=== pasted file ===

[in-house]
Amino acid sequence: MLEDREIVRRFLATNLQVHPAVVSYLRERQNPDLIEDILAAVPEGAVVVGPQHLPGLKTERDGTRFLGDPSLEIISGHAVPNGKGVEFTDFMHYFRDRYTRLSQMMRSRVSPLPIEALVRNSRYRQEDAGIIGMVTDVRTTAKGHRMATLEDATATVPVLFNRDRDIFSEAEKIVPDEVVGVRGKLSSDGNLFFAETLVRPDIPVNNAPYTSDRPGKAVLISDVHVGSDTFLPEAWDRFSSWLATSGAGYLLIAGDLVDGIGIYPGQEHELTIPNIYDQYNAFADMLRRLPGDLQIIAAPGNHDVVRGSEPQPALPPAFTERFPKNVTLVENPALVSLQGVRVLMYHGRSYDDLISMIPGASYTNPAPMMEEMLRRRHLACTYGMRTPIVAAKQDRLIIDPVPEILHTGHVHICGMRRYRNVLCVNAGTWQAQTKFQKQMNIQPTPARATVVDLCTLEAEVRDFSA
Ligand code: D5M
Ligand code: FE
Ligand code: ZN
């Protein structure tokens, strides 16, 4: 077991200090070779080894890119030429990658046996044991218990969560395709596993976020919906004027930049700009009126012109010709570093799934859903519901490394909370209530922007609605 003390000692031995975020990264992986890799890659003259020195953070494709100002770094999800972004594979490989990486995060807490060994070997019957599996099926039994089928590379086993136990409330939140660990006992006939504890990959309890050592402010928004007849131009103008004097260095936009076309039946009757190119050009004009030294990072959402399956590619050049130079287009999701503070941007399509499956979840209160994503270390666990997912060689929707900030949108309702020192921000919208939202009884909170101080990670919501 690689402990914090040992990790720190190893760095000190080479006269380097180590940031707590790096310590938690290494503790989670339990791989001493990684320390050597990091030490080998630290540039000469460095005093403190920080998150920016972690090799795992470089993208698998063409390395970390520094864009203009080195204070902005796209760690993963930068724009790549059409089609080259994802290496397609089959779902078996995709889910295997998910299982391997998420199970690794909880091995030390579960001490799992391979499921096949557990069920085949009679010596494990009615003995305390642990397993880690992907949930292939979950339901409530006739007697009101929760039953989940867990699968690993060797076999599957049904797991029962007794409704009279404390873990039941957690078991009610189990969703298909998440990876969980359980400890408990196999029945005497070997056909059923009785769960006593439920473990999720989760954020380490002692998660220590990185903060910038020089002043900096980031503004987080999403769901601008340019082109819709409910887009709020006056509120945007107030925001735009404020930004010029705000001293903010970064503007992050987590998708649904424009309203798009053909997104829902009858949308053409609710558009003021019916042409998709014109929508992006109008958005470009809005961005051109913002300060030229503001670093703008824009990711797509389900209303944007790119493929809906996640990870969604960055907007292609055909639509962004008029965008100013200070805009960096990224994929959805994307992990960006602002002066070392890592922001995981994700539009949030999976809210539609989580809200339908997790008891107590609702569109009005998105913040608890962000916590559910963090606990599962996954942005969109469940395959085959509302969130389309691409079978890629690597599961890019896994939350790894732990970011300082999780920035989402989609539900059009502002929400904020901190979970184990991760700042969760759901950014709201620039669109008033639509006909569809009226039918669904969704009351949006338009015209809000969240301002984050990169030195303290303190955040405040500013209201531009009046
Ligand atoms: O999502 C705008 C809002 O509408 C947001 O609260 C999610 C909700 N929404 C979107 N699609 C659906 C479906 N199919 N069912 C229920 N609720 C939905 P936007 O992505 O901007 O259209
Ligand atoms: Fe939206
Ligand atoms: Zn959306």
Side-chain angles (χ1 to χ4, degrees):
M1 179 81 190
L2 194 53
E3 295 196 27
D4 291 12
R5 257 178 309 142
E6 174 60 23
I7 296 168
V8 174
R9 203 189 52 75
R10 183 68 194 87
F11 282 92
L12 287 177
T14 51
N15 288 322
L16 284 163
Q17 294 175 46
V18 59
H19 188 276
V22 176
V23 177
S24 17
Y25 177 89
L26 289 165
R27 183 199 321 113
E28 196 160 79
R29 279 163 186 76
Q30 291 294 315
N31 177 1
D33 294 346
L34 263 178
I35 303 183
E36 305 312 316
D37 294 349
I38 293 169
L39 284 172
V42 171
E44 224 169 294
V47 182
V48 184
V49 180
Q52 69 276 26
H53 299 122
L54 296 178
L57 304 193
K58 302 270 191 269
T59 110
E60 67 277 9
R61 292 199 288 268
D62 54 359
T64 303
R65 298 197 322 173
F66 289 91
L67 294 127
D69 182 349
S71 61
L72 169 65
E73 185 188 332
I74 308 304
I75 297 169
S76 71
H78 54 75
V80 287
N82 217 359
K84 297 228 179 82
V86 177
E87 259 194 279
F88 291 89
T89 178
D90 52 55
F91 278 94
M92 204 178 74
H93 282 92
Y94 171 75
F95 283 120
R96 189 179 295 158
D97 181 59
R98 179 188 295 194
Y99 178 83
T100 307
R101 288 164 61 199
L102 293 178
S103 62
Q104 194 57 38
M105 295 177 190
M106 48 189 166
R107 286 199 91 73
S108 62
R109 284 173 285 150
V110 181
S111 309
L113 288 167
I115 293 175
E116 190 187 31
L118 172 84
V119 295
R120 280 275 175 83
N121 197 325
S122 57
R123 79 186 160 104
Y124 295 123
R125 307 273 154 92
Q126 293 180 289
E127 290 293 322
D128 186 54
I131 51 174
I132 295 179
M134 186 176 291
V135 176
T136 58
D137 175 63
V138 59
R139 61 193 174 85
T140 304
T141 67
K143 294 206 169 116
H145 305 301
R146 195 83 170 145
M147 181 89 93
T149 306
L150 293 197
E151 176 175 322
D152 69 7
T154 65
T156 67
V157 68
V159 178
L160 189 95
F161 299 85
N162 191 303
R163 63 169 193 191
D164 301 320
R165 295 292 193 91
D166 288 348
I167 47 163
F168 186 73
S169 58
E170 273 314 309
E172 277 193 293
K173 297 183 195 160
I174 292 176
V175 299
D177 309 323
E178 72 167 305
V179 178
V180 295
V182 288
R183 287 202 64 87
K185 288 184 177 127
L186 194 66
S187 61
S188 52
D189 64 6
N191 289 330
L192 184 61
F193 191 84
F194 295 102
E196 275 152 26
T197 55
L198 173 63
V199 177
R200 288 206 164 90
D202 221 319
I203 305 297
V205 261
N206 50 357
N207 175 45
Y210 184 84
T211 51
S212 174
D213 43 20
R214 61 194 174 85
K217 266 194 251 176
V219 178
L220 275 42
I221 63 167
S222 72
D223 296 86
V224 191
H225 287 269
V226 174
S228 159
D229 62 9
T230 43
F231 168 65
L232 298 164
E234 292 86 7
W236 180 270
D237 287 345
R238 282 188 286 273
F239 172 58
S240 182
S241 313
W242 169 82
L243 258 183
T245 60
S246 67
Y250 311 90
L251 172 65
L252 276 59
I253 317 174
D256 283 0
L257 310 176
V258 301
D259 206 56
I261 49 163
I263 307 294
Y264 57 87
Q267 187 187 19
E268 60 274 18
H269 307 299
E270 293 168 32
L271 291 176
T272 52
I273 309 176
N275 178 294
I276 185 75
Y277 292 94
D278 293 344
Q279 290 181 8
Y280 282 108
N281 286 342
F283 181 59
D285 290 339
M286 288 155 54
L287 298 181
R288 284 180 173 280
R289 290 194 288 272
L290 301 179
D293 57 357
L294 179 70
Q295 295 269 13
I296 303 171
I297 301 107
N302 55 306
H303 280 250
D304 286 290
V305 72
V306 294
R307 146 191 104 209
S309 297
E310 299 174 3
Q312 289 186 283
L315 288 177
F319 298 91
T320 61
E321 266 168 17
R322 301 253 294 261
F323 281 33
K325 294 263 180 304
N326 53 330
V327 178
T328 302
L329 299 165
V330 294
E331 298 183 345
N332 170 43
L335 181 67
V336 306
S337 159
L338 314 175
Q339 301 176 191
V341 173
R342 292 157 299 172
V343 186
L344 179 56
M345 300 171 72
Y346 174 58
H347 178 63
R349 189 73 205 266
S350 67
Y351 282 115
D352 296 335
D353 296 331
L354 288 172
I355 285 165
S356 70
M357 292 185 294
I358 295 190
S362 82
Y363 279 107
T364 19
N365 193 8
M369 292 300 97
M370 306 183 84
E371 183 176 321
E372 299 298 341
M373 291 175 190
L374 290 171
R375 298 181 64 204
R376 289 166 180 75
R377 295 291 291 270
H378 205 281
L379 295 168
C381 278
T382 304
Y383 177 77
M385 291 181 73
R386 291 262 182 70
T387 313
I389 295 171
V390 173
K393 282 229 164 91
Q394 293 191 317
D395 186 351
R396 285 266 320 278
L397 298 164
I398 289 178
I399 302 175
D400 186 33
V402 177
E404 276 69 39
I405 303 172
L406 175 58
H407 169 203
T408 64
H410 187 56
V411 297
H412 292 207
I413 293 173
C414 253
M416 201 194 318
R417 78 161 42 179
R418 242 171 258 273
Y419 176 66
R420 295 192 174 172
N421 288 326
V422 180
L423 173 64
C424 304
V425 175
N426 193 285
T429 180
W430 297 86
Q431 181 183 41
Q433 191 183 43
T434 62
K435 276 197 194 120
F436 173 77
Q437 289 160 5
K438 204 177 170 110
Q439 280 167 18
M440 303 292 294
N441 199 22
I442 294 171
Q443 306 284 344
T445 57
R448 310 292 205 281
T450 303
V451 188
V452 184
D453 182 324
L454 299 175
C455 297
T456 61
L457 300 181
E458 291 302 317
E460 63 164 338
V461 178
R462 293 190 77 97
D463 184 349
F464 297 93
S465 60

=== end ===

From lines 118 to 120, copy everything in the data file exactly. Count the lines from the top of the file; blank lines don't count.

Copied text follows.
V135 176
T136 58
D137 175 63